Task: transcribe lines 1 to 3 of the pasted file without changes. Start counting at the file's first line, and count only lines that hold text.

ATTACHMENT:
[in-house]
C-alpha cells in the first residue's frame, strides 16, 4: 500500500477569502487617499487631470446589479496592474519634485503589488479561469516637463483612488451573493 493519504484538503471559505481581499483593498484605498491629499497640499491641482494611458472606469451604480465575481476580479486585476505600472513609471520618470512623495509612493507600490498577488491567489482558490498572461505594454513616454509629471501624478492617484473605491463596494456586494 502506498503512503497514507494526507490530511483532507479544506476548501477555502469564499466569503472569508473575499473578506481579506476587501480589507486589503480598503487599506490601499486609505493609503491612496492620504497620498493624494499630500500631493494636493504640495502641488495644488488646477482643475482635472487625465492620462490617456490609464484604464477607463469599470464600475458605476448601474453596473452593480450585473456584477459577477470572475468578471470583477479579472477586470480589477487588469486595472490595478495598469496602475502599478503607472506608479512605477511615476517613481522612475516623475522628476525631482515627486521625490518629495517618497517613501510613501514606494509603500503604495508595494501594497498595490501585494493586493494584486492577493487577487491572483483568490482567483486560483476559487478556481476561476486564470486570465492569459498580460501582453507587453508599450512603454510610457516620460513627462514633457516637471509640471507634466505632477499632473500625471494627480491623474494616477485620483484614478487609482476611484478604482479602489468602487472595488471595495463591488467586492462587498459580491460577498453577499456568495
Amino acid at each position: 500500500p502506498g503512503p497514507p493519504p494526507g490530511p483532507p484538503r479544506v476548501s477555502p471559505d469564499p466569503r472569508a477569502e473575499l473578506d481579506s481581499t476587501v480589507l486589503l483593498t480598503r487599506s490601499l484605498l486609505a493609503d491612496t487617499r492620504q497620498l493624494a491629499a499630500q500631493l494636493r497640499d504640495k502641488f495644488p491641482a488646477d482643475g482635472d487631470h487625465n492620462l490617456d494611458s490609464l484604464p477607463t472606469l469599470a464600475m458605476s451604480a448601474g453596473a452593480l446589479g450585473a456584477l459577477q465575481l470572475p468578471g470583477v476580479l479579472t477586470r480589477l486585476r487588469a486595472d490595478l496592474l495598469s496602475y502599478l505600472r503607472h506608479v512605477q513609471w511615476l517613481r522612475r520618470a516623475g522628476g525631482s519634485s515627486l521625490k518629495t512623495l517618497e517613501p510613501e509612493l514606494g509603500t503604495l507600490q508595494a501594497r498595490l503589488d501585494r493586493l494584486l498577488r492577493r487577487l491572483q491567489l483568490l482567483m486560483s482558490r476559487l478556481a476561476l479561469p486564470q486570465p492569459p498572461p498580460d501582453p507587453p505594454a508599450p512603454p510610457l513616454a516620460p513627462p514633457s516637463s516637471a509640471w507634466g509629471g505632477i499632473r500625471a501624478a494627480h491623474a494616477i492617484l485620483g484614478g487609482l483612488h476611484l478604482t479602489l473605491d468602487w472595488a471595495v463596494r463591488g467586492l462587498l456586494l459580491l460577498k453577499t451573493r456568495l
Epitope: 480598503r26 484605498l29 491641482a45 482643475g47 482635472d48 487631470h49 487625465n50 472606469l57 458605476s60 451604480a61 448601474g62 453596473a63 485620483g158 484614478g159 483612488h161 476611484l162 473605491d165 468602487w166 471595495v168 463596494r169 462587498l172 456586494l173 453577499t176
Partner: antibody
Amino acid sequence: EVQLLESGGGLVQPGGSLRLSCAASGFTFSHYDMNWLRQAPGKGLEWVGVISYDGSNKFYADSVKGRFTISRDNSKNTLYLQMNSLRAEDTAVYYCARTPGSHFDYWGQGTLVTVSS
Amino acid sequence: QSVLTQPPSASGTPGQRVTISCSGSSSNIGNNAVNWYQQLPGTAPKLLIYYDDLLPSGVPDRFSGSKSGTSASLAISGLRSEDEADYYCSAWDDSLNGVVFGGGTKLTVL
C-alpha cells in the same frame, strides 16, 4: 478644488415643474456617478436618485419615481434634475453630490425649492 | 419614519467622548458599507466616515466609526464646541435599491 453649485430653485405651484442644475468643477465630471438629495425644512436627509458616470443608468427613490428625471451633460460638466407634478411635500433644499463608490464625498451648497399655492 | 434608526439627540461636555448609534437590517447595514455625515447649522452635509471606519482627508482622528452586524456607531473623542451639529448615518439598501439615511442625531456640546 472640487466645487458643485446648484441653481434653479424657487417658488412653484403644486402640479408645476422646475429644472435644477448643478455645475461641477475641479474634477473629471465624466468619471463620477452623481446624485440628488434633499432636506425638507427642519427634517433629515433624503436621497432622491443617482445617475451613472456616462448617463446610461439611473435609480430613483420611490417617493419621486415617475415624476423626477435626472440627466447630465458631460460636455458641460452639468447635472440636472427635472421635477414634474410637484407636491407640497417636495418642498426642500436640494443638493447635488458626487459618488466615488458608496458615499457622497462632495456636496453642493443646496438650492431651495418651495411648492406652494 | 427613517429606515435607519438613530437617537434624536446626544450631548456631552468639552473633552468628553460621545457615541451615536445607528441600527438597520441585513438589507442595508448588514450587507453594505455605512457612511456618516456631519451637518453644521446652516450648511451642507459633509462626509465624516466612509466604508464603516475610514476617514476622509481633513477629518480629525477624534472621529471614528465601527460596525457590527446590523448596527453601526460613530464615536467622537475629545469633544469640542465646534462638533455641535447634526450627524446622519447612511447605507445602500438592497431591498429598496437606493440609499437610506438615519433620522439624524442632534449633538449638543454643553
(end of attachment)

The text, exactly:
[in-house]
C-alpha cells in the first residue's frame, strides 16, 4: 500500500477569502487617499487631470446589479496592474519634485503589488479561469516637463483612488451573493 493519504484538503471559505481581499483593498484605498491629499497640499491641482494611458472606469451604480465575481476580479486585476505600472513609471520618470512623495509612493507600490498577488491567489482558490498572461505594454513616454509629471501624478492617484473605491463596494456586494 502506498503512503497514507494526507490530511483532507479544506476548501477555502469564499466569503472569508473575499473578506481579506476587501480589507486589503480598503487599506490601499486609505493609503491612496492620504497620498493624494499630500500631493494636493504640495502641488495644488488646477482643475482635472487625465492620462490617456490609464484604464477607463469599470464600475458605476448601474453596473452593480450585473456584477459577477470572475468578471470583477479579472477586470480589477487588469486595472490595478495598469496602475502599478503607472506608479512605477511615476517613481522612475516623475522628476525631482515627486521625490518629495517618497517613501510613501514606494509603500503604495508595494501594497498595490501585494493586493494584486492577493487577487491572483483568490482567483486560483476559487478556481476561476486564470486570465492569459498580460501582453507587453508599450512603454510610457516620460513627462514633457516637471509640471507634466505632477499632473500625471494627480491623474494616477485620483484614478487609482476611484478604482479602489468602487472595488471595495463591488467586492462587498459580491460577498453577499456568495
Amino acid at each position: 500500500p502506498g503512503p497514507p493519504p494526507g490530511p483532507p484538503r479544506v476548501s477555502p471559505d469564499p466569503r472569508a477569502e473575499l473578506d481579506s481581499t476587501v480589507l486589503l483593498t480598503r487599506s490601499l484605498l486609505a493609503d491612496t487617499r492620504q497620498l493624494a491629499a499630500q500631493l494636493r497640499d504640495k502641488f495644488p491641482a488646477d482643475g482635472d487631470h487625465n492620462l490617456d494611458s490609464l484604464p477607463t472606469l469599470a464600475m458605476s451604480a448601474g453596473a452593480l446589479g450585473a456584477l459577477q465575481l470572475p468578471g470583477v476580479l479579472t477586470r480589477l486585476r487588469a486595472d490595478l496592474l495598469s496602475y502599478l505600472r503607472h506608479v512605477q513609471w511615476l517613481r522612475r520618470a516623475g522628476g525631482s519634485s515627486l521625490k518629495t512623495l517618497e517613501p510613501e509612493l514606494g509603500t503604495l507600490q508595494a501594497r498595490l503589488d501585494r493586493l494584486l498577488r492577493r487577487l491572483q491567489l483568490l482567483m486560483s482558490r476559487l478556481a476561476l479561469p486564470q486570465p492569459p498572461p498580460d501582453p507587453p505594454a508599450p512603454p510610457l513616454a516620460p513627462p514633457s516637463s516637471a509640471w507634466g509629471g505632477i499632473r500625471a501624478a494627480h491623474a494616477i492617484l485620483g484614478g487609482l483612488h476611484l478604482t479602489l473605491d468602487w472595488a471595495v463596494r463591488g467586492l462587498l456586494l459580491l460577498k453577499t451573493r456568495l